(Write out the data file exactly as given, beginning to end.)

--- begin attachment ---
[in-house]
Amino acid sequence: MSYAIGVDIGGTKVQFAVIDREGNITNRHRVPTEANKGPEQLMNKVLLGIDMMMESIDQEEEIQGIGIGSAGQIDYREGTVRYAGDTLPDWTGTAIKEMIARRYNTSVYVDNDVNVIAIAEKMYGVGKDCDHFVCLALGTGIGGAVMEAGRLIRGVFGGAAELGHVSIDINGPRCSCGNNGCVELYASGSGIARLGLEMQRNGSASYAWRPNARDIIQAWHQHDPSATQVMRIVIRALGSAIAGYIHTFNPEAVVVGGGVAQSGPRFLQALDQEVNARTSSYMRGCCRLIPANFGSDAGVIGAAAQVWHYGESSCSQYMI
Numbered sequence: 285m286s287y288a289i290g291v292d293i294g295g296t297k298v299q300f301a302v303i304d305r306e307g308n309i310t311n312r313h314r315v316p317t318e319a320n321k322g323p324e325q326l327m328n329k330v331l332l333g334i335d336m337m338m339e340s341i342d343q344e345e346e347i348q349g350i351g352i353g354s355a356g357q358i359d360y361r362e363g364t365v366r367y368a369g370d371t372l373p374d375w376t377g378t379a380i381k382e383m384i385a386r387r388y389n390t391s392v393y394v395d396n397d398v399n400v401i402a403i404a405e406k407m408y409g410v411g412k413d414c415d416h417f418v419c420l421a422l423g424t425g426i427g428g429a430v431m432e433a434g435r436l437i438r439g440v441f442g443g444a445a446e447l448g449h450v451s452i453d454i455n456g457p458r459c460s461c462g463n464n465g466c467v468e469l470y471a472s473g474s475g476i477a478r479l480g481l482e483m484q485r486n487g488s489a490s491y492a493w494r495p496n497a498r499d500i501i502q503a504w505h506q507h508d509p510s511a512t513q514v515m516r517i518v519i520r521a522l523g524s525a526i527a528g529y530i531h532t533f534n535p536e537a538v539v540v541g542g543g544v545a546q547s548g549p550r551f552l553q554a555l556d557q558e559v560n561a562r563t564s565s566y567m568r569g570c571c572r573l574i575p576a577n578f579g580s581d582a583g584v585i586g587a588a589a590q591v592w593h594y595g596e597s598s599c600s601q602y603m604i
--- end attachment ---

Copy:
[in-house]
Amino acid sequence: MSYAIGVDIGGTKVQFAVIDREGNITNRHRVPTEANKGPEQLMNKVLLGIDMMMESIDQEEEIQGIGIGSAGQIDYREGTVRYAGDTLPDWTGTAIKEMIARRYNTSVYVDNDVNVIAIAEKMYGVGKDCDHFVCLALGTGIGGAVMEAGRLIRGVFGGAAELGHVSIDINGPRCSCGNNGCVELYASGSGIARLGLEMQRNGSASYAWRPNARDIIQAWHQHDPSATQVMRIVIRALGSAIAGYIHTFNPEAVVVGGGVAQSGPRFLQALDQEVNARTSSYMRGCCRLIPANFGSDAGVIGAAAQVWHYGESSCSQYMI
Numbered sequence: 285m286s287y288a289i290g291v292d293i294g295g296t297k298v299q300f301a302v303i304d305r306e307g308n309i310t311n312r313h314r315v316p317t318e319a320n321k322g323p324e325q326l327m328n329k330v331l332l333g334i335d336m337m338m339e340s341i342d343q344e345e346e347i348q349g350i351g352i353g354s355a356g357q358i359d360y361r362e363g364t365v366r367y368a369g370d371t372l373p374d375w376t377g378t379a380i381k382e383m384i385a386r387r388y389n390t391s392v393y394v395d396n397d398v399n400v401i402a403i404a405e406k407m408y409g410v411g412k413d414c415d416h417f418v419c420l421a422l423g424t425g426i427g428g429a430v431m432e433a434g435r436l437i438r439g440v441f442g443g444a445a446e447l448g449h450v451s452i453d454i455n456g457p458r459c460s461c462g463n464n465g466c467v468e469l470y471a472s473g474s475g476i477a478r479l480g481l482e483m484q485r486n487g488s489a490s491y492a493w494r495p496n497a498r499d500i501i502q503a504w505h506q507h508d509p510s511a512t513q514v515m516r517i518v519i520r521a522l523g524s525a526i527a528g529y530i531h532t533f534n535p536e537a538v539v540v541g542g543g544v545a546q547s548g549p550r551f552l553q554a555l556d557q558e559v560n561a562r563t564s565s566y567m568r569g570c571c572r573l574i575p576a577n578f579g580s581d582a583g584v585i586g587a588a589a590q591v592w593h594y595g596e597s598s599c600s601q602y603m604i